Pill bugs, depending on their population, can be bad or good in the garden.
The pill bug, Armadillidium vulgare, is a crustacean related to the arachnipod. They have a hard, segmented exoskeleton that is light to dark grey, and seven pairs of legs. They look like tiny armadillos! When on the defensive, they roll into a little ball to protect themselves. They prefer very moist, dark areas of the garden, which is why they are most prevalent after a rain especially under pots and rocks.
In normal populations, they are considered nature’s clean up crew, eating rotted plants and breaking down decaying matter (detritus). If overpopulated, there won’t be enough detritus and they’ll eat flowers, buds and new foliage on plants.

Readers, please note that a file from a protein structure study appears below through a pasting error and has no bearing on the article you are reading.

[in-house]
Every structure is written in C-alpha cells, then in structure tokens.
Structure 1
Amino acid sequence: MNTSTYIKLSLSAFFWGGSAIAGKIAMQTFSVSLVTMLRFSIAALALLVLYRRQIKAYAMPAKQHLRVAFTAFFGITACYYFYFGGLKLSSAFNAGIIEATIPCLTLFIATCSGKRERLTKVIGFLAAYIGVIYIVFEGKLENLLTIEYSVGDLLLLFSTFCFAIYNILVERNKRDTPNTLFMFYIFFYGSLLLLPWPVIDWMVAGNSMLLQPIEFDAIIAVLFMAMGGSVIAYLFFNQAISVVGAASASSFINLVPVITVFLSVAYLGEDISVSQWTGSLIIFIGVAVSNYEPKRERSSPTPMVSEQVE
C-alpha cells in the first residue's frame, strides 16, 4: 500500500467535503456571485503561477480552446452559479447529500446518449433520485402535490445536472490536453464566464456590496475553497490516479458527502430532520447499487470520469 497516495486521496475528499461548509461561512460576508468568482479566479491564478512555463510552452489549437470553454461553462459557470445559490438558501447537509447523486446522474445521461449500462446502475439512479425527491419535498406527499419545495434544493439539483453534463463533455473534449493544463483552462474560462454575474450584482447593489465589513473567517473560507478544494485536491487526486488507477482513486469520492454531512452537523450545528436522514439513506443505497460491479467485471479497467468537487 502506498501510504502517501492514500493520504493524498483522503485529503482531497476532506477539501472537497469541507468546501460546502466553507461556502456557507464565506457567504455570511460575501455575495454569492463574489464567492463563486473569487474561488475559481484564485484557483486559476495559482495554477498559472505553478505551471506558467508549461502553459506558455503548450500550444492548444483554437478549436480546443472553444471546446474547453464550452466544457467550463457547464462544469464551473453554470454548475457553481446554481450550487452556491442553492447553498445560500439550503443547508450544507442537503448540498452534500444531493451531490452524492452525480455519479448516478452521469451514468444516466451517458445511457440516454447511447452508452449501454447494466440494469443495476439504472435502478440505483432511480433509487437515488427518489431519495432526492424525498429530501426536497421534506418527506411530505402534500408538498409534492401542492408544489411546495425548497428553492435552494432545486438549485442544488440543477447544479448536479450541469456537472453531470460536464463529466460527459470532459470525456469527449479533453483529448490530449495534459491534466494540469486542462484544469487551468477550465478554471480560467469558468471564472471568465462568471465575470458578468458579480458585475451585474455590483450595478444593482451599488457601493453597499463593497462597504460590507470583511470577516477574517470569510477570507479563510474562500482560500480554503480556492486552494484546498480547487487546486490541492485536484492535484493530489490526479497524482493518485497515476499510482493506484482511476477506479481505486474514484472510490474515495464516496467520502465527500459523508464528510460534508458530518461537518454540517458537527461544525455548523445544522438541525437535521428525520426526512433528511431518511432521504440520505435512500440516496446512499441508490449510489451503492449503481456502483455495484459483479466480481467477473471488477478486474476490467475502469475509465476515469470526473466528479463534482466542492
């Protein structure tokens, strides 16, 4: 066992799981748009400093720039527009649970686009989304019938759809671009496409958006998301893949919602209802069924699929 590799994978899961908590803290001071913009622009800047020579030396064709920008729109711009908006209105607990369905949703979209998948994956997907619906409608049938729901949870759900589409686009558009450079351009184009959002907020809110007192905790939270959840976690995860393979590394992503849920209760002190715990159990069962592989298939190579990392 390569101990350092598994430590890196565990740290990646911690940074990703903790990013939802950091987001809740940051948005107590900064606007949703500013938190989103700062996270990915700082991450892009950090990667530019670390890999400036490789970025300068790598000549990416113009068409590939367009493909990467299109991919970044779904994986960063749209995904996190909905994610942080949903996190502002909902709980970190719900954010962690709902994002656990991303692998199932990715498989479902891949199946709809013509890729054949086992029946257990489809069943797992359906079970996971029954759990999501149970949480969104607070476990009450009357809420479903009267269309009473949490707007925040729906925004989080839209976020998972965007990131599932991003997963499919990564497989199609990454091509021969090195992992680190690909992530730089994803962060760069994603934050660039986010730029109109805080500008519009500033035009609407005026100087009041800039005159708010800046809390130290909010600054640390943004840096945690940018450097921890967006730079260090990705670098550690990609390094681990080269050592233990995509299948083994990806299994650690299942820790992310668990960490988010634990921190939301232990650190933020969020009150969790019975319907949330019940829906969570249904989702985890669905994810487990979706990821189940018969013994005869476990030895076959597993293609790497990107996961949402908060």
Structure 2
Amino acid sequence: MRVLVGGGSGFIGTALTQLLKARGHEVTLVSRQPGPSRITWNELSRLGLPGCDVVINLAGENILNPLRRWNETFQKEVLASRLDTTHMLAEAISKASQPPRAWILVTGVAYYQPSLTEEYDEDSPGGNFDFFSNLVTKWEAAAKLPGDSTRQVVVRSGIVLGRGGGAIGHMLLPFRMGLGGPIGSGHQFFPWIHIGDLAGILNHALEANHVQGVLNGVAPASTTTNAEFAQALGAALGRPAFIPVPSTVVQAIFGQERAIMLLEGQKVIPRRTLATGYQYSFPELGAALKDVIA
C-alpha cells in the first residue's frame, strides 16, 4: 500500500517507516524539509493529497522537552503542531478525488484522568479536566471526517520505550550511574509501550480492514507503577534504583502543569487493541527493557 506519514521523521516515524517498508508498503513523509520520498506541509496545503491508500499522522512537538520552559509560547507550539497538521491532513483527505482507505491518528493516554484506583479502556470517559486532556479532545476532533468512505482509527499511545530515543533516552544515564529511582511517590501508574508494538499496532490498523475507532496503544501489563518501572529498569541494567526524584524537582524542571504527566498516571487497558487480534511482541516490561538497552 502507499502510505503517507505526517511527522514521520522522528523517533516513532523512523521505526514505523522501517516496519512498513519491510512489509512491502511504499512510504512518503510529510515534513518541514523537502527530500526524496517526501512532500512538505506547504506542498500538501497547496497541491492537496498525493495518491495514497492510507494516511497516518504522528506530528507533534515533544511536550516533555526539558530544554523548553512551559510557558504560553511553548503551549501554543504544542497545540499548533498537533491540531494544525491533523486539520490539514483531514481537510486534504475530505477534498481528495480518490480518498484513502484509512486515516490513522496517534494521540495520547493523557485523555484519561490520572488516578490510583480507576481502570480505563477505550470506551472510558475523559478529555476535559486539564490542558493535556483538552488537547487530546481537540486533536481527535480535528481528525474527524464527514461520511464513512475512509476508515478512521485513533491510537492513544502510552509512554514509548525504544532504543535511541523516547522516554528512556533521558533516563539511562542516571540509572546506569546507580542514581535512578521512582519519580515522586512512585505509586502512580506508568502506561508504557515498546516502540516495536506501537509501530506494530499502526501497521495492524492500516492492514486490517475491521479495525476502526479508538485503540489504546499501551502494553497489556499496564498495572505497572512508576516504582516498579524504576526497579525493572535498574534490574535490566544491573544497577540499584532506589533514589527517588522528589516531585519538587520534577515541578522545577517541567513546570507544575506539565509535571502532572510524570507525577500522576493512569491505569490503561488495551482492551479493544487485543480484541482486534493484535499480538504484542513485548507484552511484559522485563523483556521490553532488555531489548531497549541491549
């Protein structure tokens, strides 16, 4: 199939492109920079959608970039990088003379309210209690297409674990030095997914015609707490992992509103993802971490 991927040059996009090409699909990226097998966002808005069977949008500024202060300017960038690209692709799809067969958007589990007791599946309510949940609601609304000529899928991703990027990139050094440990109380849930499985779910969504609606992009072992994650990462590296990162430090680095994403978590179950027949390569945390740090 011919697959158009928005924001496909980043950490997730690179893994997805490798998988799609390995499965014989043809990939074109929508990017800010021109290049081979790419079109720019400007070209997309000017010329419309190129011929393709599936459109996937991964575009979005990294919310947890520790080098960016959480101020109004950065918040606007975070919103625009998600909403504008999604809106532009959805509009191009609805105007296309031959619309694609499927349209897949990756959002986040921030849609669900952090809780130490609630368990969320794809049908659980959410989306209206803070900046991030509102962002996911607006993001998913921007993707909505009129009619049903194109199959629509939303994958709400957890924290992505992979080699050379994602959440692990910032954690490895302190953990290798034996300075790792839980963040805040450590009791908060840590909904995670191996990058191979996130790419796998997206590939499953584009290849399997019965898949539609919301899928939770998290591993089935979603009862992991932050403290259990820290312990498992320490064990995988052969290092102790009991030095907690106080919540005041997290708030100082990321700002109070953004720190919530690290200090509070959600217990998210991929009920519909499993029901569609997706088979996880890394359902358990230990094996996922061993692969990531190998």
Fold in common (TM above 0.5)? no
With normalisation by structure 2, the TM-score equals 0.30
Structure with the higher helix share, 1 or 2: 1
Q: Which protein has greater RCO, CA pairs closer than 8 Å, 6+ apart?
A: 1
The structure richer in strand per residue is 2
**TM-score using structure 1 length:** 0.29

Prevention is key to keeping pill bugs under control.
- Keep beds clear of heavy decaying leaf and plant litter.
- Move woodpiles and other nesting areas away from your garden.
- Leave 8- to 12-inches of space between mulch and the foundation of your home. Check for any leaking outdoor faucets that might leave the soil continuously moist.
To treat: Diatomaceous earth can be spread around the soil to help control pill bugs if they get out of control. Natural pesticides like spinosad or horticultural oils can be carefully applied to the plants they are feeding on if necessary.